Sound overly dramatic, that last part? It’s not. What do you know of the trillions of intricately orchestrated processes of mitosis, osmosis, and diffusion keeping you alive right now? How is it that you can eat a crappy breakfast scone and turn it into thought and laughter and you running across the street or picking up a toddler? How do you do this stuff?

“Oh, that’s not god!” reason shrugs. “It’s just nature. Shit happens. The earth has life and it evolved into complex organisms and, you know, it’s science!”

I dare your skeptic to really contemplate this description of photosynthesis*, the molecular process by which plants transform SUNLIGHT into SUGAR, providing the bedrock upon which all of earth’s menagerie is built. See how far you get before you sigh and say: “Dude! That’s a shitload of science. I’m just glad it happens!”

Screen Shot 2015-11-10 at 10.40.47 AM

Admit it. We know next to nothing.  Each of us is a drooling infant riding a 787 across the Pacific Ocean, grasping nothing of how the plane works or was made, aware only that our basic needs are met. We exist by trust alone, despite whatever stories we propagate about how we engineer our lives. Bullshit. Perhaps for a brief moment, we can acknowledge what bullshit it is.  We can see that god lives us.  But we soon direct our attention elsewhere, sighing, “Well, that’s enough of that!”

Our spiritual practice today can be to continually give up a little more pretense of control, as in Aaron’s meditation, but all day every day.  We can allow in a little more the fact that god and life are one.

Loss is damn painful, for you as for me. Pain urges us to retreat into depression, nursing our wounds in solitude while mindlessly munching glazed donut holes. And addiction is right there, cheering for that plan as the grieving we deserve – because, while that track may be fine for normies, for an alcoholic prone to depression, like me, the next stop is relapse.

That’s why I’m doing the opposite. Here’s what my grieving looks like: I’m climbing too many mountains, going on too many dates, showing up to feed the homeless, speaking at meetings, starting new projects, and buying two baby chicks in the bleak darkness of November. Pain gets dragged along for the ride, like it or not. I entreat god continually for the courage to pursue whatever feels like growth – even if it’s scary – and then I simply blunder ahead, sometimes clumsily, maybe knocking over a vase or two along the way.

“Screwing up is part of being human – part of how we steer the course of who we do and don’t want to be.” Who wrote that? Yours truly at the close of “Being Right versus Just Being.” (Sometimes I teach myself!)  The point its, we don’t have to do this thing perfectly.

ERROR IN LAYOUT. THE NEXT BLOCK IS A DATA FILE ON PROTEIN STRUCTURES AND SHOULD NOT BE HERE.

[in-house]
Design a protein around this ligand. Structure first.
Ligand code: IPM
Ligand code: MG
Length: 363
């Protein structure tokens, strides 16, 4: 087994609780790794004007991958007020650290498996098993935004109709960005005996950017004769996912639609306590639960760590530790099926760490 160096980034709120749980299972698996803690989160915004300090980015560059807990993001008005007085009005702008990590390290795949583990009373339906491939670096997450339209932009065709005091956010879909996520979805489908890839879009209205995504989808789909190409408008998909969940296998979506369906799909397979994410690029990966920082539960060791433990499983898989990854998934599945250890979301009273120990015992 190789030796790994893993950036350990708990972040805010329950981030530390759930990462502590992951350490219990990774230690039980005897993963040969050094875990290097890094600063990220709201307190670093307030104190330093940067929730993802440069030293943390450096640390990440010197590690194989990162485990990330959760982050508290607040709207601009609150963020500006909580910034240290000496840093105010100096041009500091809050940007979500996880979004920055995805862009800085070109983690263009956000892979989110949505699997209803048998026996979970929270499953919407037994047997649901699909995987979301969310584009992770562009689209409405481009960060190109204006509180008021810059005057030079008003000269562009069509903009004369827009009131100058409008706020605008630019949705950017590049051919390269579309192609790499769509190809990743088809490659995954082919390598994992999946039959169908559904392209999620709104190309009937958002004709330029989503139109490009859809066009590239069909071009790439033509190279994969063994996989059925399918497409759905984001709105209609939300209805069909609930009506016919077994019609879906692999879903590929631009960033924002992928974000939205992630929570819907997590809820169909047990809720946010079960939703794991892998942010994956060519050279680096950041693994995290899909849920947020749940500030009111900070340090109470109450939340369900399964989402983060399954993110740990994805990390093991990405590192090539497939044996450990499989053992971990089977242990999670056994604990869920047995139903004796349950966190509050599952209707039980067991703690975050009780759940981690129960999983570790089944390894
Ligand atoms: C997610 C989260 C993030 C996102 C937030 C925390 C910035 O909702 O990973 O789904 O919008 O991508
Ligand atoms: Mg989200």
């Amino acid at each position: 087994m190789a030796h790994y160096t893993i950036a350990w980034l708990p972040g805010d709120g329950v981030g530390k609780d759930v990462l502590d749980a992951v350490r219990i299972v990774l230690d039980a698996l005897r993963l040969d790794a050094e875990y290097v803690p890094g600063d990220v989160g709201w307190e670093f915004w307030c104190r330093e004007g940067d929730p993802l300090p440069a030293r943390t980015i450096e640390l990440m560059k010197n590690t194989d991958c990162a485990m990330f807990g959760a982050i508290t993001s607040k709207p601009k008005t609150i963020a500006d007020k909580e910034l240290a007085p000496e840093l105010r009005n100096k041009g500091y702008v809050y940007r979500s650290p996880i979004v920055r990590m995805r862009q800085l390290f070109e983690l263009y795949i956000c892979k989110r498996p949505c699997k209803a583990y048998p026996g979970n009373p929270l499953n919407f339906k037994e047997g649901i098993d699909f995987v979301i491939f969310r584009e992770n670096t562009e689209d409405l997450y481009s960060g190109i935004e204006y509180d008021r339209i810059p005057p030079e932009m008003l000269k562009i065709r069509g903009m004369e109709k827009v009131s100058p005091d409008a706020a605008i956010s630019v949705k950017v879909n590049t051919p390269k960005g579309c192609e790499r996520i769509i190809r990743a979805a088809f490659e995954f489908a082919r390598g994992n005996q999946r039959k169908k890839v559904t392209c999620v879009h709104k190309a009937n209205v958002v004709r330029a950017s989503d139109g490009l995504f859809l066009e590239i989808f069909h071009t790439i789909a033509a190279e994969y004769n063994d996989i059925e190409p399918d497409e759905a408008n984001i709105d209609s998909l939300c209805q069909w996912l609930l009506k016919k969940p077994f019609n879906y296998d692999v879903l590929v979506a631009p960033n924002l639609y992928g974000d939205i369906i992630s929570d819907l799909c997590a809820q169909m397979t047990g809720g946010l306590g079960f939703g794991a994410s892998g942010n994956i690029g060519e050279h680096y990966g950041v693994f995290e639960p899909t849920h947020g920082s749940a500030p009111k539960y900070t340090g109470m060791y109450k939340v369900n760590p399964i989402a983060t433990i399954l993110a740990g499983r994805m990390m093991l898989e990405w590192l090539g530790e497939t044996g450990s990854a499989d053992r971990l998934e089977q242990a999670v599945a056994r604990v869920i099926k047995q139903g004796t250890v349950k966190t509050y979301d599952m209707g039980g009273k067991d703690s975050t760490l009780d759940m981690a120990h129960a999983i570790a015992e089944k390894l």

A woman emerging from the darkness of her cave doesn’t know which way to head. Trust is walking anyway. It’s striving to be our best, to love god and others, and to live at peace with knowing nothing.

Beneath all this tumult, god is transforming me into a wiser, stronger woman. In that I trust.

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Brothers summit

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* http://science.nsta.org/enewsletter/2007-05/sc0704_60.pdf
(Sorry, Facebook insists on posting the stupid picture of the photosynthesis text.  I can’t change it.  😦  Try copy and pasting the url instead, and choosing no preview.)

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Near Death and God Stuff

I am weird.  One night in 1982, when I was 22, I went out to a Manhattan night club, snorted quite a bit of coke, then bought and snorted what I thought was a gram more Nightclub(though it didn’t get me high). I developed increasingly narrow  tunnel vision from bradycardia (slowing heartbeat) and hypoxia (from respiratory depression), underwent a grand mal seizure, suffered a cardiac arrest, and died on the nightclub floor.  That is, I was without vital signs for three minutes.  I’d ingested enough lidocaine to shut down my central nervous system.

While a bartender worked at CPR and I began to look “all gray like a corpse, nothing like yourself…” according to my date, my consciousness shot off on a vivid journey.  With keen awareness I traveled from sky to sea to beach to ancestral house before getting sucked through a window and over the dazzle of sunlight on the sea’s surface to plunge right into the heart of the sun. There I was subsumed by a light of love beyond measure.  A strong presence was with me, beaming love through me, until abruptly it told me in no uncertain terms that I wasn’t done and couldn’t stay – after which cut the light to total blackness.  (If you want the whole story, you have to buy my goddamn addiction memoir, but only if you’re also psyched to read about alcoholism and romantic obsession, because that’s mostly what it’s about.)

Anyway!  As a result of whatever happened that night, the boundaries of my consciousness changed.  I knew nothing of it.  I was a smug atheist who’d never heard of Near Death Experiences or any of the related terms now commonplace in popular culture.  What had happened didn’t fit with my scientifically based definition of reality, so I put it behind me.  Over the next decade, however, two more distinctly impossible experiences forced themselves on me.  I didn’t want them!